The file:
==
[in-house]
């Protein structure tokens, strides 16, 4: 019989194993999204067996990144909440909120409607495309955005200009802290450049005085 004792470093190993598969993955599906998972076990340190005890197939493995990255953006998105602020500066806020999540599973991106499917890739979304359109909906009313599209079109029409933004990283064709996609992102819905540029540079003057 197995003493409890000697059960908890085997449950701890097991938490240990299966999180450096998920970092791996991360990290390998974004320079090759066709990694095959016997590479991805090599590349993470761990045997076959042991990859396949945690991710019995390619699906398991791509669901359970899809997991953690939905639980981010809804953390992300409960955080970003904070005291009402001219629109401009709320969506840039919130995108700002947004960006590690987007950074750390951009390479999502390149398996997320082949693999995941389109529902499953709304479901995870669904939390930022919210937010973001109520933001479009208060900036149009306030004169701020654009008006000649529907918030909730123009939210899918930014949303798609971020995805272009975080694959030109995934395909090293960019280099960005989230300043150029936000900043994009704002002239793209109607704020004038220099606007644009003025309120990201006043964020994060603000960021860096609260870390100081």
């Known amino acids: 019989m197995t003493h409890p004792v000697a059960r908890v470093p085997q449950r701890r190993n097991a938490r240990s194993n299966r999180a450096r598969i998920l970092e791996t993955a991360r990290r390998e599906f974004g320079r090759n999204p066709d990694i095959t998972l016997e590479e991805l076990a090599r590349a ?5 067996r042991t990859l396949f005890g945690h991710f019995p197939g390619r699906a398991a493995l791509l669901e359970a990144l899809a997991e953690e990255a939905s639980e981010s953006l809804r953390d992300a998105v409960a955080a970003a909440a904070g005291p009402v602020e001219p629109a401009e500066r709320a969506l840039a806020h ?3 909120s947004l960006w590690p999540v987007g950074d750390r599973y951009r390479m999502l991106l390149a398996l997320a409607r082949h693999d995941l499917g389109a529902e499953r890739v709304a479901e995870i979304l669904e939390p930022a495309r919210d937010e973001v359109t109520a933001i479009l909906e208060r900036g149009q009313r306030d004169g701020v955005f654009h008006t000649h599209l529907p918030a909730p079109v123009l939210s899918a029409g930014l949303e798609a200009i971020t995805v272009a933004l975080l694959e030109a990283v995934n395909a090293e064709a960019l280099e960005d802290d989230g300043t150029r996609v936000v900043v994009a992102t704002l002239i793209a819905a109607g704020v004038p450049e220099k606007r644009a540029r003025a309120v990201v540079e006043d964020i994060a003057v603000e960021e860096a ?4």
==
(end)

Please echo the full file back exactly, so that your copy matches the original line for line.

[in-house]
């Protein structure tokens, strides 16, 4: 019989194993999204067996990144909440909120409607495309955005200009802290450049005085 004792470093190993598969993955599906998972076990340190005890197939493995990255953006998105602020500066806020999540599973991106499917890739979304359109909906009313599209079109029409933004990283064709996609992102819905540029540079003057 197995003493409890000697059960908890085997449950701890097991938490240990299966999180450096998920970092791996991360990290390998974004320079090759066709990694095959016997590479991805090599590349993470761990045997076959042991990859396949945690991710019995390619699906398991791509669901359970899809997991953690939905639980981010809804953390992300409960955080970003904070005291009402001219629109401009709320969506840039919130995108700002947004960006590690987007950074750390951009390479999502390149398996997320082949693999995941389109529902499953709304479901995870669904939390930022919210937010973001109520933001479009208060900036149009306030004169701020654009008006000649529907918030909730123009939210899918930014949303798609971020995805272009975080694959030109995934395909090293960019280099960005989230300043150029936000900043994009704002002239793209109607704020004038220099606007644009003025309120990201006043964020994060603000960021860096609260870390100081």
């Known amino acids: 019989m197995t003493h409890p004792v000697a059960r908890v470093p085997q449950r701890r190993n097991a938490r240990s194993n299966r999180a450096r598969i998920l970092e791996t993955a991360r990290r390998e599906f974004g320079r090759n999204p066709d990694i095959t998972l016997e590479e991805l076990a090599r590349a ?5 067996r042991t990859l396949f005890g945690h991710f019995p197939g390619r699906a398991a493995l791509l669901e359970a990144l899809a997991e953690e990255a939905s639980e981010s953006l809804r953390d992300a998105v409960a955080a970003a909440a904070g005291p009402v602020e001219p629109a401009e500066r709320a969506l840039a806020h ?3 909120s947004l960006w590690p999540v987007g950074d750390r599973y951009r390479m999502l991106l390149a398996l997320a409607r082949h693999d995941l499917g389109a529902e499953r890739v709304a479901e995870i979304l669904e939390p930022a495309r919210d937010e973001v359109t109520a933001i479009l909906e208060r900036g149009q009313r306030d004169g701020v955005f654009h008006t000649h599209l529907p918030a909730p079109v123009l939210s899918a029409g930014l949303e798609a200009i971020t995805v272009a933004l975080l694959e030109a990283v995934n395909a090293e064709a960019l280099e960005d802290d989230g300043t150029r996609v936000v900043v994009a992102t704002l002239i793209a819905a109607g704020v004038p450049e220099k606007r644009a540029r003025a309120v990201v540079e006043d964020i994060a003057v603000e960021e860096a ?4």